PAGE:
03.07.2024 Author: Konstantin Asmolov

The China-Japan-ROK trilateral summit on May 26-27 in Seoul. Part two: the bilateral meetings

Yoon Suk-yeol and Li Qiang

The bilateral meetings between the leaders held on May 26 revealed how different Seoul’s current relations with Beijing and Tokyo are in terms of the matters up for discussion.

What Yoon Suk-yeol and Li Qiang agreed on

Li Qiang, Premier of the State Council of the People’s Republic of China, arrived in Seoul around noon. This was his first visit to the country since taking office in March 2023. Lee and Yoon’s first meeting, in September 2023, took place in Indonesia on the margins of the ASEAN summit.

In his opening remarks, South Korean president Yoon Seok-yeol emphasized the importance of cooperation with China “in the face of today’s complex global challenges,” – in particular to address the growing economic uncertainty over the ongoing crisis in Ukraine and the conflict between Israel and Hamas.

“Over the past three decades of diplomatic relations between the two countries, bilateral relations have rapidly made significant progress, especially in the fields of economy and trade, bringing great benefits to the people of both countries,” Li Qiang said during his opening remarks.

The main outcomes of the meeting can be divided into several categories, as follows.

Security issues: Yoon and Lee agreed to establish a two-plus-two diplomatic security dialogue between the two countries’ foreign and defense ministries in mid-June and to resume the strategic dialogue between their deputy foreign ministers in the second half of 2024. The resumption of this diplomacy and security channel comes after the two countries halted such meetings in 2016 when Korea and China disagreed over the placement of the US THAAD missile defense system on South Korean territory.

Economical issues. The main goal in this area is to resume negotiations on the second phase of the bilateral free trade agreement between the two countries in early June in order to boost mutual trade in the services sector and mutual investment. The first phase of the free trade agreement, which entered into force in December 2015, included the elimination of tariffs on basic goods. “Discussions will go beyond opening markets in the trade in goods and cover sectors such as services, culture, tourism and legal services to expand exchanges and openness between the two countries,” First Deputy National Security Advisor Kim Tae-hyo said at a press briefing. This is important because although the agreement will celebrate its 10th anniversary in 2025 its effectiveness has been questioned due to the relatively narrow range of goods covered by the tariff concessions. Moreover, the talks were actually suspended as part of China’s response to South Korea’s deployment of the THAAD system.

Then, after a 13-year hiatus, the sides also agreed to revitalize the work of the Investment Cooperation Committee at the ministerial level.

The trade ministries of the two countries will also enter into a high-level dialogue in order to discuss ways to stabilize supply chains in key industries.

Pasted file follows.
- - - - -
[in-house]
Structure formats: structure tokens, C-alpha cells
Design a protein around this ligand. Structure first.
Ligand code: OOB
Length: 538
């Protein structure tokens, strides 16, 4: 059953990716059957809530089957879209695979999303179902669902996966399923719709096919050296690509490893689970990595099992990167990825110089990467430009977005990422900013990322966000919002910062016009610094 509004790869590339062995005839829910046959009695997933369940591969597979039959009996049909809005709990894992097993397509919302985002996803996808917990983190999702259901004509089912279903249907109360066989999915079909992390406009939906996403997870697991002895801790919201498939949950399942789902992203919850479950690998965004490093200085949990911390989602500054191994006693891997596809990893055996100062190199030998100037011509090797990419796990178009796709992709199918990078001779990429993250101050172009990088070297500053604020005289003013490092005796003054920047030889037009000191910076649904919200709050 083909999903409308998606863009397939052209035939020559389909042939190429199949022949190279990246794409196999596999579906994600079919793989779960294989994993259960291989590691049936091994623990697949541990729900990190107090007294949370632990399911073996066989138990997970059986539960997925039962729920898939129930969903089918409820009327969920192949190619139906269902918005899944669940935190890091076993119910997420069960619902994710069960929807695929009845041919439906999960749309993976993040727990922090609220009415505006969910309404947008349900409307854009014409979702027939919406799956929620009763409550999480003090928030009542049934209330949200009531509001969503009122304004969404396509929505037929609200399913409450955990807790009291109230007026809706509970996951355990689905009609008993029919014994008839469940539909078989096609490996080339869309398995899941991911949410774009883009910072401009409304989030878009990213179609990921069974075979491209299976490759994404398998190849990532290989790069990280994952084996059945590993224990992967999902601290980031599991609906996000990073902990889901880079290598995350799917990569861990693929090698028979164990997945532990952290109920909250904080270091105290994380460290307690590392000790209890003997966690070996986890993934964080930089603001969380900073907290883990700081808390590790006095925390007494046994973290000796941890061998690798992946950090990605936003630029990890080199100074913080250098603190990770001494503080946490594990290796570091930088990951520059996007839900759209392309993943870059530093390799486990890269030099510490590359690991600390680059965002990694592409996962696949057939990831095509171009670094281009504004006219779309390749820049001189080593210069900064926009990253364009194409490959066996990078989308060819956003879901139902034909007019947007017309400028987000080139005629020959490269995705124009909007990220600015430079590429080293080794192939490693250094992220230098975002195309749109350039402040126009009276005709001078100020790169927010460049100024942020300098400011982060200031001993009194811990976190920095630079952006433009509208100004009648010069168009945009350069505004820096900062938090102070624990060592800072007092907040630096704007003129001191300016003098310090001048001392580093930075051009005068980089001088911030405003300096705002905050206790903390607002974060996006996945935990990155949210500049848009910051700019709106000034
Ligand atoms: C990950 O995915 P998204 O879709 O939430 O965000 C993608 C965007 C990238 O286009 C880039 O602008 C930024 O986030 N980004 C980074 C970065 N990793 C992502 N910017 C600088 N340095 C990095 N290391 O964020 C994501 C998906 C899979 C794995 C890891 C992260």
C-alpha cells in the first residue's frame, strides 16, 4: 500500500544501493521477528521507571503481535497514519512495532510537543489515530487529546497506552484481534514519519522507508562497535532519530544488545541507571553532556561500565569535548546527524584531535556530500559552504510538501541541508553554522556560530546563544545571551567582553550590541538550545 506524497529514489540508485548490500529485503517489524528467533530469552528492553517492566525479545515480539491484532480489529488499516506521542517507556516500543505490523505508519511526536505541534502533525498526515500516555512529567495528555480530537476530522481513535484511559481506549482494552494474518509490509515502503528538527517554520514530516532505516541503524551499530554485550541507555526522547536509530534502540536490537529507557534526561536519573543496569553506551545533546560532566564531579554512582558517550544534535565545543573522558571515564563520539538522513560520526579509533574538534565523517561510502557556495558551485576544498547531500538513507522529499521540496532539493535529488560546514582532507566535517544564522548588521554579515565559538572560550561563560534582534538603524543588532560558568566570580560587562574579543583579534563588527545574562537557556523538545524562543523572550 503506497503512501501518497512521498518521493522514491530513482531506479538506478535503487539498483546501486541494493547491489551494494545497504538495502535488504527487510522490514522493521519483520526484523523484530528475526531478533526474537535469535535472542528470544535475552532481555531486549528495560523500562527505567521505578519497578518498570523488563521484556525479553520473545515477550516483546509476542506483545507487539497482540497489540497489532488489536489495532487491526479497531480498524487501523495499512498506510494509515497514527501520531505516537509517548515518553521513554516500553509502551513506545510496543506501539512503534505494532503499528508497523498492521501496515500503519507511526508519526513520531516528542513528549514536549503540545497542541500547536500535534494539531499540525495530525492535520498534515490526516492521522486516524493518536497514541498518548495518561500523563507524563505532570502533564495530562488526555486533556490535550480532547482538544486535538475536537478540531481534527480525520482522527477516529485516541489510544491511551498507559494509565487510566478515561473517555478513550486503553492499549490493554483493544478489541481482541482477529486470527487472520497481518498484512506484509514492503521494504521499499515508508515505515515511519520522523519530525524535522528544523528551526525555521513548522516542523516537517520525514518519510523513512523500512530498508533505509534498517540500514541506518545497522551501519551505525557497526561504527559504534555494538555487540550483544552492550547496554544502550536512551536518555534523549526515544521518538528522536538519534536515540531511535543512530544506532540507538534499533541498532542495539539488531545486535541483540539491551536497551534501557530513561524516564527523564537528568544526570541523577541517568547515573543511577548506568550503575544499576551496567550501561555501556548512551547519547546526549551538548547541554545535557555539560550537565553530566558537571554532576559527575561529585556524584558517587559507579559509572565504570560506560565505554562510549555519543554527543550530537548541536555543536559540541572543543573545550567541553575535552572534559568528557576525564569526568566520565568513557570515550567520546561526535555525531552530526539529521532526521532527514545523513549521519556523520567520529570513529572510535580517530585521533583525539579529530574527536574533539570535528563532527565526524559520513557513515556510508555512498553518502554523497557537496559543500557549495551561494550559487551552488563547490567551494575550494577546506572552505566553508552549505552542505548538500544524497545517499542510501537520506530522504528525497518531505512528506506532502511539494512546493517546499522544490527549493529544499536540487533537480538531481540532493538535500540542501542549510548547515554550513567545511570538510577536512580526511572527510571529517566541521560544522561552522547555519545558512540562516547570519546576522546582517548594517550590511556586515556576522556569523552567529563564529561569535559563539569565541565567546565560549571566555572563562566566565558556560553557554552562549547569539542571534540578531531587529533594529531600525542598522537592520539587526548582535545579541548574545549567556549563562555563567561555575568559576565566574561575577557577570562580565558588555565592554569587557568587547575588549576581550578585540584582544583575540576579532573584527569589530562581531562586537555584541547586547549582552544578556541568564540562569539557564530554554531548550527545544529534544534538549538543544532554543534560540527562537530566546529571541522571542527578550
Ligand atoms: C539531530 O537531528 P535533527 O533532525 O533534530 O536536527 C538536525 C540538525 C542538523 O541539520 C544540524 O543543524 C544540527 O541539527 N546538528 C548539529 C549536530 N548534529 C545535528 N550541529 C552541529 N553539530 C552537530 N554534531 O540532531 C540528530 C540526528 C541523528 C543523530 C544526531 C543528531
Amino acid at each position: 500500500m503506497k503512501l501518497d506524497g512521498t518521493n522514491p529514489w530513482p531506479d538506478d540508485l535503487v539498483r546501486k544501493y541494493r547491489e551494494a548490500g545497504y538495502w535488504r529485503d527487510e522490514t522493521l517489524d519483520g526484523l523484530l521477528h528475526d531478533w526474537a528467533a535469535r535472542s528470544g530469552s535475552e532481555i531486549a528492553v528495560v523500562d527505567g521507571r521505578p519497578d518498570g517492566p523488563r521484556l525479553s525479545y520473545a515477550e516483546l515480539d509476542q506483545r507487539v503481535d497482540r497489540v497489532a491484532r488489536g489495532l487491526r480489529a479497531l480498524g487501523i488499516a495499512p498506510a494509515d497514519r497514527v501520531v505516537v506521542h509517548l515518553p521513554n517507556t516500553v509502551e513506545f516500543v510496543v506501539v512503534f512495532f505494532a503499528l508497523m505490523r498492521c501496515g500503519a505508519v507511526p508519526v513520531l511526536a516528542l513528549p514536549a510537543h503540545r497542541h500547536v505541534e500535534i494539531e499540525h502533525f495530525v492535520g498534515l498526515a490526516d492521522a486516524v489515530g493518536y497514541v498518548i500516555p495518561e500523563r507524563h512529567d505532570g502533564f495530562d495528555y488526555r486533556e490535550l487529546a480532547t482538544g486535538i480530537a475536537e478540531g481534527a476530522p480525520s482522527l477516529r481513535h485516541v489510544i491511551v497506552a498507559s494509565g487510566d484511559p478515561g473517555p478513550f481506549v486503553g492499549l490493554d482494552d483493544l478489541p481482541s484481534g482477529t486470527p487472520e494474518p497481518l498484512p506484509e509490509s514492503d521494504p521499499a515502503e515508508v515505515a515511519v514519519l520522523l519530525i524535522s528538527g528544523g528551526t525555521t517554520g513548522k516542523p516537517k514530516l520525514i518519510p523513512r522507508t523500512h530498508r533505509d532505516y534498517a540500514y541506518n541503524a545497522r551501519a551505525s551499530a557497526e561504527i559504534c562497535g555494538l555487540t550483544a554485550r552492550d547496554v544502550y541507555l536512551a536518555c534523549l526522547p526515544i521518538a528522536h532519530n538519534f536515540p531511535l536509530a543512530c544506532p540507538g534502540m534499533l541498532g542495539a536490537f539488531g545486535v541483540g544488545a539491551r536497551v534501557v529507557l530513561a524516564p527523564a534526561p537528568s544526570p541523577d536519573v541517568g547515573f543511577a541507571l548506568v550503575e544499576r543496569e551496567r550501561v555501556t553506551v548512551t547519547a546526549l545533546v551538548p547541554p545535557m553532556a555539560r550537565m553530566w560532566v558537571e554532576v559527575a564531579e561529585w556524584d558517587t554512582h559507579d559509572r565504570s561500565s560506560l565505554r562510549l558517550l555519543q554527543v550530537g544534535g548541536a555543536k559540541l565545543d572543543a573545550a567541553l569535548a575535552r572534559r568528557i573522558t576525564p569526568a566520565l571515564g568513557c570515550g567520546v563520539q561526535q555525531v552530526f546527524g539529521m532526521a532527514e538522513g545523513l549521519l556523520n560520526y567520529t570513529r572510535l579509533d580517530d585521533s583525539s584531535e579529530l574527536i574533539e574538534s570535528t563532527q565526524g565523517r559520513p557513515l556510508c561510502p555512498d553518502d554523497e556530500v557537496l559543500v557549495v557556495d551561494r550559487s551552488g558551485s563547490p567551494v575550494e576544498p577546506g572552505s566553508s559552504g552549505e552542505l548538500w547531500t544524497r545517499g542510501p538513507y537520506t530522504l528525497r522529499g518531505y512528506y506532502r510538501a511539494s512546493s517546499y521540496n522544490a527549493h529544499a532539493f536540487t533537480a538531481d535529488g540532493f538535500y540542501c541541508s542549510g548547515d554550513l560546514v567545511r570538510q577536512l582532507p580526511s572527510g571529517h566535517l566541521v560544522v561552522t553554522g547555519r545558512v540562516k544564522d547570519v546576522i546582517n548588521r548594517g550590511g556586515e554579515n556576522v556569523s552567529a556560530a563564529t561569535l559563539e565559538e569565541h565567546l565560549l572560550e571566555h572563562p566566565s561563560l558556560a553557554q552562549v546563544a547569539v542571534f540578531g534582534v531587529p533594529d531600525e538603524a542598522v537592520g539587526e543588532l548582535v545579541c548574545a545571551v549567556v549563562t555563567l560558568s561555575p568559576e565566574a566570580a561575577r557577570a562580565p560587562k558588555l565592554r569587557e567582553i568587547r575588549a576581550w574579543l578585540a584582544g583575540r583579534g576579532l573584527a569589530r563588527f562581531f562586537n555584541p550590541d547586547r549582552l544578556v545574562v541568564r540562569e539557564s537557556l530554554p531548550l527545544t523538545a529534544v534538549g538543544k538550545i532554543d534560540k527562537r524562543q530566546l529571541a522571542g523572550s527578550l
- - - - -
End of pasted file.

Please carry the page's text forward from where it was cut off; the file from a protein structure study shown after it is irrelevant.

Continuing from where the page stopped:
The North Korean issue. According to a senior official in the South Korean presidential administration, during the meeting, Yoon requested China, as a permanent member of the UN Security Council, to “actively contribute to promoting peace” in the light of North Korea’s nuclear development and its military cooperation with Russia. South Korea also urged Beijing was urged to “cooperate not only for our bilateral relationship but also for the peace and prosperity of the international community” amid today’s complex geopolitical crisis.

Li Qiang responded that China is working for a peaceful settlement of the Korean Peninsula issue and believes that political stability is also important.

Addressing common threats. It was decided to strengthen cooperation in combating transnational criminal activity related to drugs trafficking, illegal gambling and fraud. This is a rather pressing issue for South Korea, where, as appears from national media reports, criminal groups from China, in most cases made up of Chinese Koreans, are active.

Exchanges. The work of the bilateral Committee for the Promotion of Humanitarian Exchanges and the youth exchange project has been resumed, and exchanges at the local level are expected to intensify and expand in the future, based on the principles of mutual respect and the quest for results that benefit both nations.

In addition to the summit, Li Qiang met with Samsung Electronics Chairman Lee Jae-yong and urged the South Korean conglomerate to continue investing in China.

Summary. Yang Pyong-seob, a visiting research fellow at the Korea Institute for International Economic Policy’s China section views Li Qiang’s visit to Korea as a turning point in the two countries’ economic relations, which have deteriorated over the past few years. This improvement in bilateral relations is expected to benefit Korean firms doing business in China.

The Korea Times views the relationship between Seoul and Beijing as important for regional security and broader geopolitical relations, including with the US, Russia and North Korea. In terms of that relationship, Yoon and Lee’s meeting should be seen as a notable development.

China’s relationship with North Korea, despite Pyongyang’s repeated violations of UN demands, remains a key issue. Yoon therefore still has a lot of work to do to persuade China to cooperate and to “redouble efforts to facilitate the Chinese leader’s visit to Seoul, which would further strengthen the progress made at the summit.”